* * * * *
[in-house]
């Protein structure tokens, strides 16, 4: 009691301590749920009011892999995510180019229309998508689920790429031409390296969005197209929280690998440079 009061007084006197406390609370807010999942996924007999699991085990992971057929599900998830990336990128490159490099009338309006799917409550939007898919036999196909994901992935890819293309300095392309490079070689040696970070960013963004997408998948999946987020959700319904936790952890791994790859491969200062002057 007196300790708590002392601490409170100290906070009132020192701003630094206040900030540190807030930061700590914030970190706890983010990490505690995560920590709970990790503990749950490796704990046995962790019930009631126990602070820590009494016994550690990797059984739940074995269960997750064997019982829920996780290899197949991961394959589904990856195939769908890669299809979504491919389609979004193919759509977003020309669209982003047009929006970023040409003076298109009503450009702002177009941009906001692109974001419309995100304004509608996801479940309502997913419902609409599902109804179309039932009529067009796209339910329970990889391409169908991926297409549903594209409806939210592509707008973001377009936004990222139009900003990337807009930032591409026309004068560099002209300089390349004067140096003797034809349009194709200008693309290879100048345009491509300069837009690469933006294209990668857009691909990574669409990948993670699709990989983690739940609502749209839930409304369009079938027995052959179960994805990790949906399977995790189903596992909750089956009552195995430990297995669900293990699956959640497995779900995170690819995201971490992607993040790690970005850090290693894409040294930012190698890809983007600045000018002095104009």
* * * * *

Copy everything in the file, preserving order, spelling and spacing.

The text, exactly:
[in-house]
């Protein structure tokens, strides 16, 4: 009691301590749920009011892999995510180019229309998508689920790429031409390296969005197209929280690998440079 009061007084006197406390609370807010999942996924007999699991085990992971057929599900998830990336990128490159490099009338309006799917409550939007898919036999196909994901992935890819293309300095392309490079070689040696970070960013963004997408998948999946987020959700319904936790952890791994790859491969200062002057 007196300790708590002392601490409170100290906070009132020192701003630094206040900030540190807030930061700590914030970190706890983010990490505690995560920590709970990790503990749950490796704990046995962790019930009631126990602070820590009494016994550690990797059984739940074995269960997750064997019982829920996780290899197949991961394959589904990856195939769908890669299809979504491919389609979004193919759509977003020309669209982003047009929006970023040409003076298109009503450009702002177009941009906001692109974001419309995100304004509608996801479940309502997913419902609409599902109804179309039932009529067009796209339910329970990889391409169908991926297409549903594209409806939210592509707008973001377009936004990222139009900003990337807009930032591409026309004068560099002209300089390349004067140096003797034809349009194709200008693309290879100048345009491509300069837009690469933006294209990668857009691909990574669409990948993670699709990989983690739940609502749209839930409304369009079938027995052959179960994805990790949906399977995790189903596992909750089956009552195995430990297995669900293990699956959640497995779900995170690819995201971490992607993040790690970005850090290693894409040294930012190698890809983007600045000018002095104009």